No writing people off to unemployment. And no option of a life on benefit.

But what we have learnt over the last decade is that it undermines all our efforts to build a society based on a clear set of values if the highest earners in our society show gross irresponsibility which destroys rather than creates wealth.

So we will have rules in the system to ensure that never again can a small number of people take such risks with the prosperity of our society by acting irresponsibly in the financial markets.

So we want a different sort of economy in the future. Not back to business as usual.

And just as it can’t be business as usual in relation to the economy and financial markets, nor can it be in relation to our public services.

We know there are tough choices ahead on public spending, including reductions in lower priority programmes.

We have said we will protect spending on policing, education and health. But to get the further improvements we need in these public services, we need to drive forward and change the way the services work.

We don’t believe in take it or leave it public services where you get what you are given. That is back to the old days before 1997.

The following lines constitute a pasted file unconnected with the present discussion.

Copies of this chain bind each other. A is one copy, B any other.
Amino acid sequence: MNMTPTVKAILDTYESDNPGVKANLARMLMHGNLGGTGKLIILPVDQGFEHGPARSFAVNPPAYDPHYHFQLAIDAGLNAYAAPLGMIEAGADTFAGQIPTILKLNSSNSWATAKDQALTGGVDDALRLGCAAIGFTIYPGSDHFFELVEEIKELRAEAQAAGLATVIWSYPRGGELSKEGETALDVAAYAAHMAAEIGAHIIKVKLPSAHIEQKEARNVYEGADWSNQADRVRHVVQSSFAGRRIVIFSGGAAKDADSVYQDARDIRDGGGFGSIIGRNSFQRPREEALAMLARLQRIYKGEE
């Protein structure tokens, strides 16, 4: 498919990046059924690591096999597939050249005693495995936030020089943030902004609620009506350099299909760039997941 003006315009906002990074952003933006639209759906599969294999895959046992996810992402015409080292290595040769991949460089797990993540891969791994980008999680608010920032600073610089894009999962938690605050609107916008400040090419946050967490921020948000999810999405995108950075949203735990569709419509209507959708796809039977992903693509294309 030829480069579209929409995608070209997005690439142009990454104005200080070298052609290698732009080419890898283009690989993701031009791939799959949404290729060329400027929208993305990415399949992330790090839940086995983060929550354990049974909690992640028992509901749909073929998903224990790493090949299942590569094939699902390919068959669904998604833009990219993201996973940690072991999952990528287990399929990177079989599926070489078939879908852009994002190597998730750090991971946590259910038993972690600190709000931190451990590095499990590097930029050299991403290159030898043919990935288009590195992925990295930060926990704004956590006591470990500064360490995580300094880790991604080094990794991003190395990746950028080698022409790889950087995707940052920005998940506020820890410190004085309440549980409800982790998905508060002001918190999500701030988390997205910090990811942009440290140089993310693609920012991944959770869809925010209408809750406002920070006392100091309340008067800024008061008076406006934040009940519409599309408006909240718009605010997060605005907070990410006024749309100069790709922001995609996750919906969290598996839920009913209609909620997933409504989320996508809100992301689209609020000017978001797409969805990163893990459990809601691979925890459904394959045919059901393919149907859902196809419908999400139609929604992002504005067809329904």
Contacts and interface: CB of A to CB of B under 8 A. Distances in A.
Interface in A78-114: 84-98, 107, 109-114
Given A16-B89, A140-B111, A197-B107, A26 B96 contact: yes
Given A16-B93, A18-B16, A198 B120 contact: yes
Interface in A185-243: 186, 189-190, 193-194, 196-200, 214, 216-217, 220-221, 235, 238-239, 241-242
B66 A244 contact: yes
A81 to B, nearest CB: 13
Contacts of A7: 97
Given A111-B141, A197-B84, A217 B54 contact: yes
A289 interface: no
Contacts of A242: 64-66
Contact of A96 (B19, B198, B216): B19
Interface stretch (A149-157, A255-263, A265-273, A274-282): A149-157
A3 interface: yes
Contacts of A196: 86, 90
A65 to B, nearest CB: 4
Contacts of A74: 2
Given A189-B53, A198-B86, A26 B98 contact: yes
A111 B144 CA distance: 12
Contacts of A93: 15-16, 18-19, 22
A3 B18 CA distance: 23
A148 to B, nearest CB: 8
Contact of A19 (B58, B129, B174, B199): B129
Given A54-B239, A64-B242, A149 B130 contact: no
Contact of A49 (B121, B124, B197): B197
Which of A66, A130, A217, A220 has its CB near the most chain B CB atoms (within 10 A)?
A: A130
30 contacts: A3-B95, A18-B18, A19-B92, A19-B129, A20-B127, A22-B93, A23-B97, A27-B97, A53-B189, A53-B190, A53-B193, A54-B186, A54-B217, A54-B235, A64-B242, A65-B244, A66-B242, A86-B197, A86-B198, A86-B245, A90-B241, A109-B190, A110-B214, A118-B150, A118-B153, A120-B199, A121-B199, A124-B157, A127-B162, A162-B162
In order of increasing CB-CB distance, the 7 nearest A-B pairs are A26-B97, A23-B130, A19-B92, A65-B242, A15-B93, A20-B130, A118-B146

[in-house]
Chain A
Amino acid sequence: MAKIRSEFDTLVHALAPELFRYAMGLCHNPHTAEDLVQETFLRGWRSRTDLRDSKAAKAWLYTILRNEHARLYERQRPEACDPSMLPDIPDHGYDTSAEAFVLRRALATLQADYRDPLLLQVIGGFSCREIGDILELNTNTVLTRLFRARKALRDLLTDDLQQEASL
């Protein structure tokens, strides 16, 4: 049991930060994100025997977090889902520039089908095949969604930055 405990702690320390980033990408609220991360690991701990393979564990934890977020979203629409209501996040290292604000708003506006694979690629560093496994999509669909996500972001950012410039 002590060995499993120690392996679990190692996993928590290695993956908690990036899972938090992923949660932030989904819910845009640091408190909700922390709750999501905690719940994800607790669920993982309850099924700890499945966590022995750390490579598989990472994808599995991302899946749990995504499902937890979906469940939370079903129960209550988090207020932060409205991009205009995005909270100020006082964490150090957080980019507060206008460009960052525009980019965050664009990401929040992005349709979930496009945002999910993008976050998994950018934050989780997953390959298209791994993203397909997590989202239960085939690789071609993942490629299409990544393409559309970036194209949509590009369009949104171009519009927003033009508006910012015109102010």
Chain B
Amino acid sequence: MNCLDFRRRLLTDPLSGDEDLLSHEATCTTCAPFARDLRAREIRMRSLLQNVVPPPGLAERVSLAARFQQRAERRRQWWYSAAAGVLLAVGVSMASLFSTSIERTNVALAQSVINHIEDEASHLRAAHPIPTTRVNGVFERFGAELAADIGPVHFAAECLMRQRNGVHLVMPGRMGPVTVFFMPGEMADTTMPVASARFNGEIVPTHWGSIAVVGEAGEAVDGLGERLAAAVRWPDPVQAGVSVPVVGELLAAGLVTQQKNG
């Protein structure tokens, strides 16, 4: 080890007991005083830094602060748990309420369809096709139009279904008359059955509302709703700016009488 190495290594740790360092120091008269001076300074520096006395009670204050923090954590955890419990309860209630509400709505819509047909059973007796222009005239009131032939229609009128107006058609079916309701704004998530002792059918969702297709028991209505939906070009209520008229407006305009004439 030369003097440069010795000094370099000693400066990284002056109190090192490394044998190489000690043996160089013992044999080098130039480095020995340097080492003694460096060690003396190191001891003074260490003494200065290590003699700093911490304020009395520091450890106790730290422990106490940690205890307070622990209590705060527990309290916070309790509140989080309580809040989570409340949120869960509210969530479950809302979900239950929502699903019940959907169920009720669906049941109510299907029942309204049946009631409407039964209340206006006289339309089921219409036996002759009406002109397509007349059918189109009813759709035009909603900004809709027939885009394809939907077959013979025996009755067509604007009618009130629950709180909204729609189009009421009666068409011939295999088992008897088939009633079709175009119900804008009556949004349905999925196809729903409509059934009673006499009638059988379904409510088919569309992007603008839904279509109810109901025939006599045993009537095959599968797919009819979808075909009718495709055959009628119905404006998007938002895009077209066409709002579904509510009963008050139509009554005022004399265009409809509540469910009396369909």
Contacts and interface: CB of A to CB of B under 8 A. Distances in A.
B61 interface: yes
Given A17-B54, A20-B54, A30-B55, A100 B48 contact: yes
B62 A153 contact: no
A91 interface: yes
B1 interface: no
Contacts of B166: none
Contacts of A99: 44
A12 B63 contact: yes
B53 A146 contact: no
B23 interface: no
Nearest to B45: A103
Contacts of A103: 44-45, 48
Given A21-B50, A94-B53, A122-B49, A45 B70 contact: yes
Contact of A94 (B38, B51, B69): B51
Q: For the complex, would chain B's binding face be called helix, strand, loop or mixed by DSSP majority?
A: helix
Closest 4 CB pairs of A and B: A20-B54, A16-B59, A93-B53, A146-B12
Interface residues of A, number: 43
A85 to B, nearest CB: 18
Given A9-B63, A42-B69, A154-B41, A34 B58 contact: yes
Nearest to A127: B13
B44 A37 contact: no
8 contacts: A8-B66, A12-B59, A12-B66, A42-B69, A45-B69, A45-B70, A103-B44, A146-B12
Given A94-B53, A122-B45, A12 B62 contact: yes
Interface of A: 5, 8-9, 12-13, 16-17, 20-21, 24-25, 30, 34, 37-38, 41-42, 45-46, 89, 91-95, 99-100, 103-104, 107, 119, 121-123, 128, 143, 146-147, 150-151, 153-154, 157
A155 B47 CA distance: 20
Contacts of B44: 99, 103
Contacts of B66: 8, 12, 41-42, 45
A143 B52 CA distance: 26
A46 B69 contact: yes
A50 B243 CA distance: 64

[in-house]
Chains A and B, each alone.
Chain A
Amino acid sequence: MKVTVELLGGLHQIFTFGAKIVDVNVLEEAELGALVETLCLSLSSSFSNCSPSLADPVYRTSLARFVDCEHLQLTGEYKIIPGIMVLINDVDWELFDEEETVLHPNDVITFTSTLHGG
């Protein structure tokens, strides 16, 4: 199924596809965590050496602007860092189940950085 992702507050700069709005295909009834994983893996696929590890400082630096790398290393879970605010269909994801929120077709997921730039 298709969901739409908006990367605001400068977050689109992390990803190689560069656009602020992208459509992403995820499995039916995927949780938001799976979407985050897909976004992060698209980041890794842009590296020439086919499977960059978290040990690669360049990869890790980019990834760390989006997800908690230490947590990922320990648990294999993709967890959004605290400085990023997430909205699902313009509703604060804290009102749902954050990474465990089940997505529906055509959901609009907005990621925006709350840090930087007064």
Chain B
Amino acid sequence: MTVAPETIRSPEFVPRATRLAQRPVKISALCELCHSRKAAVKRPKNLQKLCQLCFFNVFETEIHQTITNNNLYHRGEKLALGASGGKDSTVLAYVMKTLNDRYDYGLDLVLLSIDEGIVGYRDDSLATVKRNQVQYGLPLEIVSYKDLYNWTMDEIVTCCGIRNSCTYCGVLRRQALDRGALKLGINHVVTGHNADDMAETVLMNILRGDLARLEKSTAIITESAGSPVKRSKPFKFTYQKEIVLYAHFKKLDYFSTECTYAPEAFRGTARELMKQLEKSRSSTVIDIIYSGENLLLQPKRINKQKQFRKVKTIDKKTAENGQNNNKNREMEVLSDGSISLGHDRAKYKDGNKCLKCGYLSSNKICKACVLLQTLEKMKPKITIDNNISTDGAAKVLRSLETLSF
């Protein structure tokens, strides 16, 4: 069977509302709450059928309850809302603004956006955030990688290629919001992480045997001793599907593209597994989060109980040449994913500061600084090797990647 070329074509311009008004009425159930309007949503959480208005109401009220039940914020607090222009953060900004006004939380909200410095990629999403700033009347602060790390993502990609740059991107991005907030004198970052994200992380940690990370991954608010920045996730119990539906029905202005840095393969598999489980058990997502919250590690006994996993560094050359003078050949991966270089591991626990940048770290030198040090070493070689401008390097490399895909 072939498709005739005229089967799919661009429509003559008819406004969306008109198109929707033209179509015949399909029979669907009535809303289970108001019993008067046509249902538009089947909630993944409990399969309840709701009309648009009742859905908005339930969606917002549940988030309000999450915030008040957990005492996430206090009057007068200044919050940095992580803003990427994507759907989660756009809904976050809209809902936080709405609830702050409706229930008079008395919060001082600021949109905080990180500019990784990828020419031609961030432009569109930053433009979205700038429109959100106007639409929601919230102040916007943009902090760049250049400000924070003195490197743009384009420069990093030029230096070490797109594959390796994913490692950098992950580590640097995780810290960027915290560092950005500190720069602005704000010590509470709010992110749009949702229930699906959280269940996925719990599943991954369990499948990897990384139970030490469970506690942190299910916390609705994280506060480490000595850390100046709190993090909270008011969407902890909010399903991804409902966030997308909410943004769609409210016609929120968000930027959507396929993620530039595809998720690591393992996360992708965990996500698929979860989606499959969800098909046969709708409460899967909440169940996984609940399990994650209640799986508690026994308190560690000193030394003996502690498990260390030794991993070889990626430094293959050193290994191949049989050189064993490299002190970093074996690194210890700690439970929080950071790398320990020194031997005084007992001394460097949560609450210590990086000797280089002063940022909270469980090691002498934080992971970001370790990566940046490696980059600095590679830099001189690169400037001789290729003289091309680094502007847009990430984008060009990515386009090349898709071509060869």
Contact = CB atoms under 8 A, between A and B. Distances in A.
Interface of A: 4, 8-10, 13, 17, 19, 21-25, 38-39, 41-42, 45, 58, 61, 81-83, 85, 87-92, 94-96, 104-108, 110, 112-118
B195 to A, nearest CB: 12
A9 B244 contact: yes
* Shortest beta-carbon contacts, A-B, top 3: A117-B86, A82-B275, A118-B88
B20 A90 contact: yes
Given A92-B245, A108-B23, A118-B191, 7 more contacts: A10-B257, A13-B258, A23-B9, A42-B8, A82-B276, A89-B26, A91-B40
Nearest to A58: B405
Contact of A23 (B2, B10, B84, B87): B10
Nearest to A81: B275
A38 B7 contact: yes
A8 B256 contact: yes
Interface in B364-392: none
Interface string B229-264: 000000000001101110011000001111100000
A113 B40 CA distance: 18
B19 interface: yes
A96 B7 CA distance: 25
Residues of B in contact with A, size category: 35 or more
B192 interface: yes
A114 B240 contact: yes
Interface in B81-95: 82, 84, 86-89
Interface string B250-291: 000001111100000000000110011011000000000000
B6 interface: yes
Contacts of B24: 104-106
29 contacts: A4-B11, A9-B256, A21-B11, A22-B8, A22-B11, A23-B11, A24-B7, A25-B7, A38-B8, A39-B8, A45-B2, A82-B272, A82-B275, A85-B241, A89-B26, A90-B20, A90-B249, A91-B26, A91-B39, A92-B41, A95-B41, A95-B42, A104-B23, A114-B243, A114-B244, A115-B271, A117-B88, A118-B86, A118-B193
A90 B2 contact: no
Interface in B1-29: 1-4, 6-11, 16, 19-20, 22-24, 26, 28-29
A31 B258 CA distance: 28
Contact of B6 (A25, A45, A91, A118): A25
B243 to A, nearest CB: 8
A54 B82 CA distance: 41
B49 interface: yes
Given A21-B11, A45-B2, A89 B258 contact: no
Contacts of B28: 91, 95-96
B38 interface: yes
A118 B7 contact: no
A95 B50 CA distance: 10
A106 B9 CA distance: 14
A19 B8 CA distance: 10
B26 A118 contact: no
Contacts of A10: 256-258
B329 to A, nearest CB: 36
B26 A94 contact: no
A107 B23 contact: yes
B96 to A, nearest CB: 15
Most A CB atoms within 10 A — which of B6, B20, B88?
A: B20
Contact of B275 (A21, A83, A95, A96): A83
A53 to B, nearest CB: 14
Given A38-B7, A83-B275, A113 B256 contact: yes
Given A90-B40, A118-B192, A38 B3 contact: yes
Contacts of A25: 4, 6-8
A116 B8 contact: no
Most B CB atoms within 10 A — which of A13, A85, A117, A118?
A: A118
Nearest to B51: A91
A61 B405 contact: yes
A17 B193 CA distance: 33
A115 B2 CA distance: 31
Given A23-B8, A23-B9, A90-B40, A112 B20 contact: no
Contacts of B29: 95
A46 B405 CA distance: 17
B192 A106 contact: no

No limits on how long you had to spend on an NHS waiting list, no guarantees about school standards, no national standards for the police.

And we have to drive our servic es to do better with the same resources over the coming years.

We will do this by liberating the best in our public services to do more, including taking over those services that are under-performing, finding new ways of organising our services like mutuals and providing personal guarantees of what people can expect.

So in health you won’t just get an 18 week waiting list guarantee, a 4 hour NHS A and E guarantee, a 2 week cancer referral guarantee but now also a guarantee of getting your cancer test result within a week,